No More Image Cropping on Twitter

Post by Megan Flottorp

“No bird too tall, no crop too short.”

Full-sized picture previews have been introduced as a new feature on Twitter. In other words, the platform will no longer crop images that you tweet. We’ve known for a few months that this change was being tested, and now it is widely available.

Many are cheering, as it solves the problem of Twitter previously cropping all non-16:9 images. Depending on how you use Twitter, switching to full-size image views might not seem like a big deal, but there are several ways in which it could have a significant impact.


Eliminating algorithmic bias

Twitter’s new system will also allow users to preview what an image looks like before it goes live on the timeline. This will likely prevent many mishaps both for users and for Twitter’s algorithm — which has been found in the past of a cropping function biased toward highlighting white faces.

“Today’s launch is a direct result of the feedback people shared with us last year that the way our algorithm cropped images wasn’t equitable,” Twitter spokesperson Lauren Alexander said. Going forward, the platform seems intent on relying less on automatic, machine learning-based image cropping.


Improving visual media on the timeline on Twitter

Of course, you might be wondering how a one-size-fits-all ratio model will work. Well, super tall or wide images will still get a centered crop. Twitter says it’s working to make that better, too, and working to generally improve how all visual media gets displayed in the timeline.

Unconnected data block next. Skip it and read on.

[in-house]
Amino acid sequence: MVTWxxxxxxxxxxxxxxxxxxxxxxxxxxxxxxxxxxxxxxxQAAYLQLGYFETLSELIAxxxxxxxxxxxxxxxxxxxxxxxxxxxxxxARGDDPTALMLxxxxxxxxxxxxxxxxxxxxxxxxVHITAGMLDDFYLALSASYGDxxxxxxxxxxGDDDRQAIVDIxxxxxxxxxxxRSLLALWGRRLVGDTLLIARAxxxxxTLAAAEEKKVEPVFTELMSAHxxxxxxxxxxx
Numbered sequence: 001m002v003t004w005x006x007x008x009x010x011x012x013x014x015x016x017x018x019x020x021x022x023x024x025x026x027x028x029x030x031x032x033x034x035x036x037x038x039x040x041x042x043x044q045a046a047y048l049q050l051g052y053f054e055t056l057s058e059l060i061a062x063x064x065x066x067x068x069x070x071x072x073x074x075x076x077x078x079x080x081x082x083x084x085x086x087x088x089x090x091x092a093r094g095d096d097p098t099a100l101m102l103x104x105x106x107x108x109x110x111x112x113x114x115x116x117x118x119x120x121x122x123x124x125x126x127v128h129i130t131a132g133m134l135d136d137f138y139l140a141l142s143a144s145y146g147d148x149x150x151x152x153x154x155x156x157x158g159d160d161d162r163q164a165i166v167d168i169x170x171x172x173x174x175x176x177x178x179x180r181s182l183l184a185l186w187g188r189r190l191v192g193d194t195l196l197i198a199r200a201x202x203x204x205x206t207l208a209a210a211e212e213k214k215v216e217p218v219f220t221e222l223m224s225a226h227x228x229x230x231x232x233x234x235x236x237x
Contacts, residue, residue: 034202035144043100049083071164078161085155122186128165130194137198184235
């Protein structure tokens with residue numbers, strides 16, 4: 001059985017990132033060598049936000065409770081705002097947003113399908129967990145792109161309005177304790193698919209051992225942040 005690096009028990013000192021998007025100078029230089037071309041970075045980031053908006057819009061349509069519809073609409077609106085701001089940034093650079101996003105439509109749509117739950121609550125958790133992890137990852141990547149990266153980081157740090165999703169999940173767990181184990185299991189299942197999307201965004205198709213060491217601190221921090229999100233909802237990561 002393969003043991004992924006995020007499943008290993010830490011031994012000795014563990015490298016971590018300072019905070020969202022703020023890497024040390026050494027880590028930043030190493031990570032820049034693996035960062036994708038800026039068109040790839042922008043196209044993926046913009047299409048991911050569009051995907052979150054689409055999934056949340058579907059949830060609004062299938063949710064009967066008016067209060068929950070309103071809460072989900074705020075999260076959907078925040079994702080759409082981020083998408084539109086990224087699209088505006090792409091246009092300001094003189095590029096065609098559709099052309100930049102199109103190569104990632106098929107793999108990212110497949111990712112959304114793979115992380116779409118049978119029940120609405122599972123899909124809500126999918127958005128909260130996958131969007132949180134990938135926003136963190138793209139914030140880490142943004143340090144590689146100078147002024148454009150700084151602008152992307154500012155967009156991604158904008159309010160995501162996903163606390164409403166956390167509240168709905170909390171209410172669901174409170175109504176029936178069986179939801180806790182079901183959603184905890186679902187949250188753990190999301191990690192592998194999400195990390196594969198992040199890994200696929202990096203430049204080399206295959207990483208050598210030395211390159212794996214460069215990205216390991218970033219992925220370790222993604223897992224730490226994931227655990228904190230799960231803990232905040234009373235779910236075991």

All in all, this change should prevent any more illogical cutouts and alleviate the worry that a post will show only either the text on the image or the person in it.


No more clickbait surprises

So, what are the implications for marketers? Is this only good news? While reaction to the change seemed largely positive, some longtime users expressed remorse over the fact that they can no longer employ a tactic that has been a part of Twitter culture since the beginning. Baiting followers, some users would tease viewers by inviting them to “open for a surprise.” In this case, it played to their advantage that the cropped image shown in the feed differed significantly from the full image inside the message itself.


Other implications

In addition to fewer surprises, there are sure to be some side effects from the change. Including:

  1. Users will see larger images and potentially fewer posts (more scrolling)/ Tweets.
  2. It will become harder to distinguish between paid content and organic content.
  3. Vertical videos and images will take up most of the user’s screen real estate and might strongly change how professional photographers and news outlets present their content.

As a general rule, the more screen real estate we can occupy of a user, the better. And their’s goal is clearly to improve engagement as people scroll through their feeds. With this in mind, it will definitely be interesting to see the interaction rates on horizontal vs. vertical content on the platform.

Finding the sweet spot might take a bit of playing around with, but it is certainly something to try out and evaluate. In the meantime, if you’d like to stay up to date on current social media trends and growth marketing hacks, follow us on LinkedInFacebook, and Twitter for the latest digital marketing news.

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